And when I say planning, I don’t mean dragging out my suitcase or beginning to prepare lecture notes. Those will come, in time. I mean, one of the basic questions is which camera will I take – my Leica or my Hasselblad?

At the moment, I’m beginning to prepare the logistics of my photographs. My personal introspection of what I’d like to make while in Cusco for the first time – what I’d like to make while there, not what I’ll be teaching. In fact, this note is somewhat of a primer on what we will be considering while there.

You see, in many ways, I’m in a similar position to the students who will be attending the Peru in Book Form photographic workshop. I’ve never been to Peru. I’ve never witnessed Easter in Peru. I’ve never seen Cusco. I’ve never been to this hotel. I’ve never flown through Lima. So, it is difficult for me to know exactly what will happen, which is what is so exciting.

(For those curious why the heck I’m teaching a workshop in a city I’ve never visited, I’m working with the producer of the PhotoExperience workshops who specializes in photography in Cusco. Between the two of us, we’ve got it covered.)

I think one of the most difficult things about doing an event like this is fighting the urge to preconceive what will happen or what I will see. More seasoned photographers might stand over my shoulder: “been there, done that“ trying to share the easiest solution with me, but again, my mind is telling me otherwise. I have grand visions, but there is always a catch.

In my editorial and newspaper days, assignments NEVER appeared like the concepts I’d preconceived. On the one hand this was frustrating. My visions were always incredible, and often times the visuals in front of me were not. I’d find myself cursing the assignment editor or saying to myself, “Gotta make chicken salad out of chicken sh%$.”

But on the other hand, arriving at unexpected things was fantastic, kept me on my toes, challenged me, and in the end made me a far better photographer. Heading into unknown territory with my camera became second nature, which has helped me tremendously when it comes to shooting weddings or even portraits. I don’t get rattled.

So today I find myself dreaming about Peru and also trying to figure out how I’m going to “design” my photographs – better yet, create my story.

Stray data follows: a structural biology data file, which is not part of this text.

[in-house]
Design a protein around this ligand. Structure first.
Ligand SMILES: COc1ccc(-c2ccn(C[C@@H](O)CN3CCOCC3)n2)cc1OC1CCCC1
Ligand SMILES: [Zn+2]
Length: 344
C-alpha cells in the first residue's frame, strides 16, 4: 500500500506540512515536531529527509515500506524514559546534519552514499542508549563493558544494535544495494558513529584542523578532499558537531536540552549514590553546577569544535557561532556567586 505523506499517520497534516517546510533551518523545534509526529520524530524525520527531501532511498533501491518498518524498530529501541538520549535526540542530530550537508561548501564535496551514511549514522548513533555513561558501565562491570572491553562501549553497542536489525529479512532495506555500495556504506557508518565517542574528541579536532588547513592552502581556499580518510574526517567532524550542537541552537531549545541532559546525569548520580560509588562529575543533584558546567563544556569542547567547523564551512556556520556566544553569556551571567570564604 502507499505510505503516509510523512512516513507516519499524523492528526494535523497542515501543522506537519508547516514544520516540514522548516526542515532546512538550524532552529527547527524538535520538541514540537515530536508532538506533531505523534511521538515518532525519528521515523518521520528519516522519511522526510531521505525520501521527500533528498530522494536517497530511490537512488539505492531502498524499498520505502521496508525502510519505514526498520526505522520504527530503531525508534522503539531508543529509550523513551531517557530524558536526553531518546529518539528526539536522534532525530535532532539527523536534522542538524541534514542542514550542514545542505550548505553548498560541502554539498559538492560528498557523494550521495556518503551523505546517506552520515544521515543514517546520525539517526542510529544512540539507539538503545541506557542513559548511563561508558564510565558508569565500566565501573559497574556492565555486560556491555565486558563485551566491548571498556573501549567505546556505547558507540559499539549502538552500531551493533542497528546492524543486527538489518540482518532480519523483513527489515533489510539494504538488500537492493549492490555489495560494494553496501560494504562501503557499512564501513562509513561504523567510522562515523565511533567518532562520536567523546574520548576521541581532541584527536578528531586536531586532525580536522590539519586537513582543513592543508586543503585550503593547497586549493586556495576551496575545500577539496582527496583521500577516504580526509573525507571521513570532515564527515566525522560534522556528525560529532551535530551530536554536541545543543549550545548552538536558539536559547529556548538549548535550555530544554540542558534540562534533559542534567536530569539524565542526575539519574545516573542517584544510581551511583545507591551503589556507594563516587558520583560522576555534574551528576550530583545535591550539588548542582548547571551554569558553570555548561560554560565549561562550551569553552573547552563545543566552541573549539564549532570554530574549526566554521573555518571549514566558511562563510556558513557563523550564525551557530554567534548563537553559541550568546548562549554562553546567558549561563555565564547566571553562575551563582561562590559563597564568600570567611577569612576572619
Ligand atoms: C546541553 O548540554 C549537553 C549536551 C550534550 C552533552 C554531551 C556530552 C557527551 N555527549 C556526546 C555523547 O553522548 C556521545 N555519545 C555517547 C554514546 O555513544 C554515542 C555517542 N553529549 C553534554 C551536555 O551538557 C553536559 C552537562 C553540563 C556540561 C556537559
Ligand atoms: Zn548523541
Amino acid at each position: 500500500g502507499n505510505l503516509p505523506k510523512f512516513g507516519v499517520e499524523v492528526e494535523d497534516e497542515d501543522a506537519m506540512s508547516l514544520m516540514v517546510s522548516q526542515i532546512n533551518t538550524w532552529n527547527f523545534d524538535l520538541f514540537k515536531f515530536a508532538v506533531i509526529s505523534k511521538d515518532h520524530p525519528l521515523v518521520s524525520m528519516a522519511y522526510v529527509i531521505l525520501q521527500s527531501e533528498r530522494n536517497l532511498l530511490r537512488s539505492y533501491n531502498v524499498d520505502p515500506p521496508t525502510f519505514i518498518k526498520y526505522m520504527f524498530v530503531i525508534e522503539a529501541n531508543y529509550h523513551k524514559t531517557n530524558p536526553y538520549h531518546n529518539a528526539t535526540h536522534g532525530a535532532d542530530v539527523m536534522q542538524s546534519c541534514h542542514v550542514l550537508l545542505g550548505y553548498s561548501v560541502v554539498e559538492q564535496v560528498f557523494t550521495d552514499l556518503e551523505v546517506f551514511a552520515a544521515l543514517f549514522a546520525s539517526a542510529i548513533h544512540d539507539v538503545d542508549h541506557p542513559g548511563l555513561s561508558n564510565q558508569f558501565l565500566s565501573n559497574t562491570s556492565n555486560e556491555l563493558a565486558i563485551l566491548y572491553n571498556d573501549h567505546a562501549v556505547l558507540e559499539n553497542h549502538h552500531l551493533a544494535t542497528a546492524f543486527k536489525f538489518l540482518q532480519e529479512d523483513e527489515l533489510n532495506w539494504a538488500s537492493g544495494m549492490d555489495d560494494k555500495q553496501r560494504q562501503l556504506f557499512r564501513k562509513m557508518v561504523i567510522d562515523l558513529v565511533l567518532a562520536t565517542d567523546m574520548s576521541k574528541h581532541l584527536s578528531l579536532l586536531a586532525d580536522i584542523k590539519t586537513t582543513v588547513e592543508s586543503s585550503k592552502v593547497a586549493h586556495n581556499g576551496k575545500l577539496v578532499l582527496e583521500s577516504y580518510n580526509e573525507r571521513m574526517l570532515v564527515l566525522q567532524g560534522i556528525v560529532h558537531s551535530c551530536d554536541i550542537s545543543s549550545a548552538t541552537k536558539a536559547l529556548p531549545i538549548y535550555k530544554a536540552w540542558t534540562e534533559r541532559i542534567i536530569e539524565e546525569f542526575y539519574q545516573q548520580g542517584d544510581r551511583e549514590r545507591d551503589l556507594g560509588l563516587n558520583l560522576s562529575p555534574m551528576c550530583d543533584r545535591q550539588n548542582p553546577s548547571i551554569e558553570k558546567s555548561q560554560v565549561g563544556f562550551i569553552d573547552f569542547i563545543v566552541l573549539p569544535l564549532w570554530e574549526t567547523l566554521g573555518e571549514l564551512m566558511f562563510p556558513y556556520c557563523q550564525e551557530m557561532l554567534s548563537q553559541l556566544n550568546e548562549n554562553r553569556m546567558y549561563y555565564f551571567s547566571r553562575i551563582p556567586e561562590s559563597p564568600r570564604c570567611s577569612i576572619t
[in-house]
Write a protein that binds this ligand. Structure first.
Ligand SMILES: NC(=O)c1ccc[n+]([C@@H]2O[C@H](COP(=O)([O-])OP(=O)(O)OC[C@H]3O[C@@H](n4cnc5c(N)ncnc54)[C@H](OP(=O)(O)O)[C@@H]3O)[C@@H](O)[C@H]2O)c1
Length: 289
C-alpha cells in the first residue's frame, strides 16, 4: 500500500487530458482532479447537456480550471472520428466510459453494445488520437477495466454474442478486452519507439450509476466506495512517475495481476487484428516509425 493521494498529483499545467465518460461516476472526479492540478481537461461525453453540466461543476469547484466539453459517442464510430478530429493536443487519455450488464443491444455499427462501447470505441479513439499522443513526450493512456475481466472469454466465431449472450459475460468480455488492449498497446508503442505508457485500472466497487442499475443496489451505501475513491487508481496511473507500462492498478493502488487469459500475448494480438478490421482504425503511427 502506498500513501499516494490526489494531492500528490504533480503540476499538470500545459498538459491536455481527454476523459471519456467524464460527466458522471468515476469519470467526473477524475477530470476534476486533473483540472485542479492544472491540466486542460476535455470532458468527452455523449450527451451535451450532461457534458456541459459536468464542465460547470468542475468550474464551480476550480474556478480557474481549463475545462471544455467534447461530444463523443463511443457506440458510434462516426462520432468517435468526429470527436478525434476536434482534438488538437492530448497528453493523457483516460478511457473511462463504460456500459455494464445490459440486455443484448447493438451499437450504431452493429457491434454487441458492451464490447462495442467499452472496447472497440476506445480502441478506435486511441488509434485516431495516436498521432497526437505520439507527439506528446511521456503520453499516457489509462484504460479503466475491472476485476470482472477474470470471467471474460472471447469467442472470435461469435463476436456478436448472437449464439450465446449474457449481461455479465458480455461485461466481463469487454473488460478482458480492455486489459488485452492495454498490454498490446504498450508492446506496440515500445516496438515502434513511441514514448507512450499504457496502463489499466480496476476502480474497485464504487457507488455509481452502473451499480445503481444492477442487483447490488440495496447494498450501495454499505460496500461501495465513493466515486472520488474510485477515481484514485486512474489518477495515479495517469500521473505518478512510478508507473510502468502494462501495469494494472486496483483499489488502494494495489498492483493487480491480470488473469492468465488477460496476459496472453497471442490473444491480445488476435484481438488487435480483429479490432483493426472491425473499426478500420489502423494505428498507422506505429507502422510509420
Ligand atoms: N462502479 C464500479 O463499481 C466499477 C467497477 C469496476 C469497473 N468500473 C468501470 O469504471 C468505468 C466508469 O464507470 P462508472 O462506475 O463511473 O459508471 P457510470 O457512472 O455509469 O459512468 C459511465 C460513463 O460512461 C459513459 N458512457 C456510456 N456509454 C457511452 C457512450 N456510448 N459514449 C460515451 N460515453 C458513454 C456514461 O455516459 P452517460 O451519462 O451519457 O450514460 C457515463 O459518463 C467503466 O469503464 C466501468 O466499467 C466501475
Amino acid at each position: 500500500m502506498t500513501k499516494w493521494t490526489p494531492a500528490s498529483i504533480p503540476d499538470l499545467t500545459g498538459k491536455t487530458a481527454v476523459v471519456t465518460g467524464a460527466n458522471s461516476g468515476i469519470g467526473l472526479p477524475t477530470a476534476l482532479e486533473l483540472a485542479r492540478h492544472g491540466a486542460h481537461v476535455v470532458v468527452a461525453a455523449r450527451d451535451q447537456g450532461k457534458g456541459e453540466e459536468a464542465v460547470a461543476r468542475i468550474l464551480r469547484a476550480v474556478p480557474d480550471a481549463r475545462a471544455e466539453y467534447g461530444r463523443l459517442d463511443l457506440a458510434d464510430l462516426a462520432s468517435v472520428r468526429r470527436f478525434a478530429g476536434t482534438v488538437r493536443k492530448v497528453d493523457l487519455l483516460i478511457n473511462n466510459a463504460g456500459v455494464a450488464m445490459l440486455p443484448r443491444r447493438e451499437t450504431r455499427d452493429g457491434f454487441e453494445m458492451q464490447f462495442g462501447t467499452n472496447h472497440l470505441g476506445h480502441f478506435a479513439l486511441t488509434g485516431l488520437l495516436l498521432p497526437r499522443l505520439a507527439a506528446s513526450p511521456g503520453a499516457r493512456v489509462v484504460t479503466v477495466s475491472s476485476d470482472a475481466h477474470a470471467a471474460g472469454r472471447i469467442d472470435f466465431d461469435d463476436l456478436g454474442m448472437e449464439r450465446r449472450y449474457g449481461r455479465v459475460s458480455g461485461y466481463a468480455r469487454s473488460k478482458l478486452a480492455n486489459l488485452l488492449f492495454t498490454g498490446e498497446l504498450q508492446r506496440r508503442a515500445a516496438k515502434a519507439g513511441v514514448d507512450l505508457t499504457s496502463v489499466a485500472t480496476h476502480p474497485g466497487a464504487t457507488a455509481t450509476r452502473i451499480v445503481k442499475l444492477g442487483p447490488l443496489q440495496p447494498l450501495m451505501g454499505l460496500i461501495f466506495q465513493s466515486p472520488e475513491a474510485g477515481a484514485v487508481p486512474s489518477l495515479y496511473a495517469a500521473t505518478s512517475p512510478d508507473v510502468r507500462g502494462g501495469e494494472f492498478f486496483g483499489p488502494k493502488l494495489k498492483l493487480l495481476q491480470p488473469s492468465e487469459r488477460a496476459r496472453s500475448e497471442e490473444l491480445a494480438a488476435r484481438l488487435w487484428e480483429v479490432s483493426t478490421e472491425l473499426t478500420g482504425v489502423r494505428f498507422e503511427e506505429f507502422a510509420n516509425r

I don’t know what I’m going to see in Peru. I could go online and look up Easter and try to find something specific, and part of me wants to do that, but I’m fighting the urge. Perhaps I don’t really want to know. I want to see with fresh eyes, knowing that what I see has never happened before. Each year brings something new, something I learned from photographing Sicilian Easter over a four-year period. I would return to the same towns, shoot the same events and see different things each time.

I’m thinking about other aspects of my images: how do I want them to look? In what format? Color or black and white? What size prints will I make? Will the prints be digital or traditional? Am I shooting for more of an editorial look? Gallery look? Or a book?

The specific goal of this workshop is to photograph Easter in Peru with the idea of producing a book from the material. What size book? What format? Will this be a commercial book? A personal book? A limited edition? Softcover? Hardcover?

What if I shoot two different ways and make two different books? Can I even do that? Will it water down the images if I try to do two things at once? Should I research previously published books on Peru? Of Easter?

Okay, by now it is evident I just finished my morning coffee, and that perhaps I’m a little fixated on this issue. Guilty as charged.

But this is my reality. You see my “design” on my images changes. I’ve got more than one look, and I’m trying to predict the future.

The easiest thing to do is shoot my Leica and Tri-x. I’ll love it. I know because I’ve done it so many times, in so many places. But I could also use the Hasselblad, which I love for portraits. Maybe I could shoot the action with the Leica and the slower stuff with the Blad?

It would be so great to board the plane with two small bodies, two lenses and a small bag of film. Light, easy, simple. But my mind tells me I can do more, make more, but this might just be another trick.

But in the end I can’t allow the concept of a book, or what a gallery might like, overpower the basics of light, timing and composition. I need to put myself in the best position to make the best photographs that are most reflective of me as a photographer.

It’s so easy to get lost in the “design”.

So, today my planning and designing continues. Soon I will work on lecture notes, slideshows, etc. I will curse myself for losing at least half of my Spanish ability. But I will also relish the idea of what will happen 120 days from now. I will dream about the moments and the happiness we will experience.

Like a fire burning inside, keeping us creatively warm, until that moment when the starter gun says,” Go!”